Show, don’t tell. That’s one of those screen writing mantras which you can pay £200 quid to hear at seminars booked out of the back of Empire magazine. And it was certainly a solid adage to use in silent movies, where telling would be a trial in lip-reading or like reading a kids picture book where the slow reader has control of page turning. But is narration really a ropey old get out for a movie which won’t work without it? I saw a couple of films this week which take the mid-ground on this issue. Films which would work without their narration, but are probably a bit better for it.

Actually I am not sure if Vicky Cristina Barcelona would work without its narration, which is not to say it is an integral part of the project. It seems added on as an afterthought, as if something else is needed to explain a few of the subtleties of the characters. It certainly allows Rebecca Hall and Scarlett Johansson to act with a backstory already in place, which makes their life considerably easier. The Spanish characters have to act their complexities out to us*. A new Woody Allen film is like a new Morrissey album (or at least used to be before Cassandra’s Dream), has an audience but won’t change the world. And its not as if Allen is a stranger to using framing devices, he’s used pretty much all of them. But the disembodied narrator of Vicki Cristina Barcelona adds nothing but exposition and momentum to the film (neither of which are bad things). Allen rarely allows the narrator to comment ironically on the storyline, there are a couple of snarks, but it is not up their with great comic narrations such as, er, Ron Howard’s in Arrested Development**. Interestingly though the narration has another effect, which is play up the presence of the soundtrack. This is a little unfortunate because the soundtrack is basically the same Spanish jazz pop folderol about Barcelona OVER AND OVER AGAIN.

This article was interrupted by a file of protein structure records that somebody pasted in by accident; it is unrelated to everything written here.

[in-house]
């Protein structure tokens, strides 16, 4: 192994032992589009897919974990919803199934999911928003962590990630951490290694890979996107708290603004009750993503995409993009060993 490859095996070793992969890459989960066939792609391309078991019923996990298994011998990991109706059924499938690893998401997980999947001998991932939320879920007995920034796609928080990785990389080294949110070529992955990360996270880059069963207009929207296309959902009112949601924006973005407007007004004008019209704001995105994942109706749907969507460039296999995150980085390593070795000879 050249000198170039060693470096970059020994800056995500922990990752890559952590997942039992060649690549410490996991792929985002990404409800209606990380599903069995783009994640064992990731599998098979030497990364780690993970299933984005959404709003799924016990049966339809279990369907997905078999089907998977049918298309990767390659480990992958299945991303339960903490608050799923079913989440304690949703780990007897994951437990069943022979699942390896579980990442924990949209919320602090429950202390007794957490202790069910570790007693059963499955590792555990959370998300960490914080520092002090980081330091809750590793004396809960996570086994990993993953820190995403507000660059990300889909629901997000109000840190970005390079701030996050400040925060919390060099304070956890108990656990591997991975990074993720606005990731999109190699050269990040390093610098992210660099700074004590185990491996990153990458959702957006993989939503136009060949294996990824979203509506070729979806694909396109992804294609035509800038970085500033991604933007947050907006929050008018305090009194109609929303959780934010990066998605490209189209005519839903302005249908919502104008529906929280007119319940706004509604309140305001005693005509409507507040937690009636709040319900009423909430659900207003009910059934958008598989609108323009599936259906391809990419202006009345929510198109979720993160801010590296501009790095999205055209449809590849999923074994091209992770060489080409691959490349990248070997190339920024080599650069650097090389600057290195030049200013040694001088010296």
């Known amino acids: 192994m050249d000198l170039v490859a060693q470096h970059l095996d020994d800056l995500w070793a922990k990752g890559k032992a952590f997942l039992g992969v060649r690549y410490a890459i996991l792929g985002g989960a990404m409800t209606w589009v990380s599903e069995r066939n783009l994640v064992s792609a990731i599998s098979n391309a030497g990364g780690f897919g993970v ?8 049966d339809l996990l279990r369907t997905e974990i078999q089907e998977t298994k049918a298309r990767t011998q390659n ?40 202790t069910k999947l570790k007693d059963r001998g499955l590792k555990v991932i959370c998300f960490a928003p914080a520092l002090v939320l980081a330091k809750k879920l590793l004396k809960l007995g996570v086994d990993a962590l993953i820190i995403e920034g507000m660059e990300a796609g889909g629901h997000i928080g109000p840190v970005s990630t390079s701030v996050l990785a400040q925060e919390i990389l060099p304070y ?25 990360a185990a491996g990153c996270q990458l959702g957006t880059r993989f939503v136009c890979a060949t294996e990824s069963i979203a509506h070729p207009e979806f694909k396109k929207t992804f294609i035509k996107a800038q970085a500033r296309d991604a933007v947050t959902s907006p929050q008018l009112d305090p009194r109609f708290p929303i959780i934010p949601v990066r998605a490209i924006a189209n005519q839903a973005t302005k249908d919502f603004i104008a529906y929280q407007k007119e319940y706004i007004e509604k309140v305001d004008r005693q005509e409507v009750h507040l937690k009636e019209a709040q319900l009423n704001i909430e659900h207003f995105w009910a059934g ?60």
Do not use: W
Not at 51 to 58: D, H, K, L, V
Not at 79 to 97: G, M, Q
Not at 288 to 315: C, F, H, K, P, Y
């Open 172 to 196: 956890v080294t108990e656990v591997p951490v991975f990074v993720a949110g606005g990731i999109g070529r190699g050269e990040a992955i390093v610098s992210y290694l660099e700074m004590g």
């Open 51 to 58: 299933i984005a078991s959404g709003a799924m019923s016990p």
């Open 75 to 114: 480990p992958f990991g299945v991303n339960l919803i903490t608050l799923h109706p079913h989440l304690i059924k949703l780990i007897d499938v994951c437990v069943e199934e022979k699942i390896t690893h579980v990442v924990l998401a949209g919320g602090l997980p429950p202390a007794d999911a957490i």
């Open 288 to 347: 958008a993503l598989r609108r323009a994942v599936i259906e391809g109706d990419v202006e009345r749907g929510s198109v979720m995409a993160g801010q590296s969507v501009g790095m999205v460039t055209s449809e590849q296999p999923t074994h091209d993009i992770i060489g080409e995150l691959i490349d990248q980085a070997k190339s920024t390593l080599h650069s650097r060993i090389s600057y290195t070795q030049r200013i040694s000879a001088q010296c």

Giulia y Los Tellarini – Barcelona

Imagine listening to this for an hour and a half? Which brings the other key point about a narration heavy film. You can really move things on a clip if you are telling, not showing.

All of which ties nicely into the other narrated film I saw this week, a rewatching of Badlands. A soundtrack in search of a film***, it could probably work as a radio play as it is, which surprised me considering how much is written about Malick’s visual genius. Yes Badlands is a pretty movie, but point a camera at various US landscapes, from scrub to desert and you’ll have pretty. And whilst the plot clips along like Bonnie and Clyde Jr, there is little beyond style to hold it all together. Style and Sissey Spacek’s naif first person narration. Without it Spacek’s Holly is culpable for all the crimes Martin Sheen’s Kit commits. With it, well she’s still culpable but in a era specific weaker sex sort of way. And what with Badlands being partly about the celebrity effect too, narration seems almost apt. Because the TV show most associated with empty celebrity, Big Brother, is a perfect example of how a little narration, goes a very long way.

*At least those which don’t rely of crude stereotyping of tempestuous Latino artists.

**A show which certainly would not work without its narration.

***It really is as well. There is nothing on this soundtrack which has not been reused, recycled and remixed to death. Even now the music lingers a lot longer than even Martin Sheen’s perfectly coiffured quiff.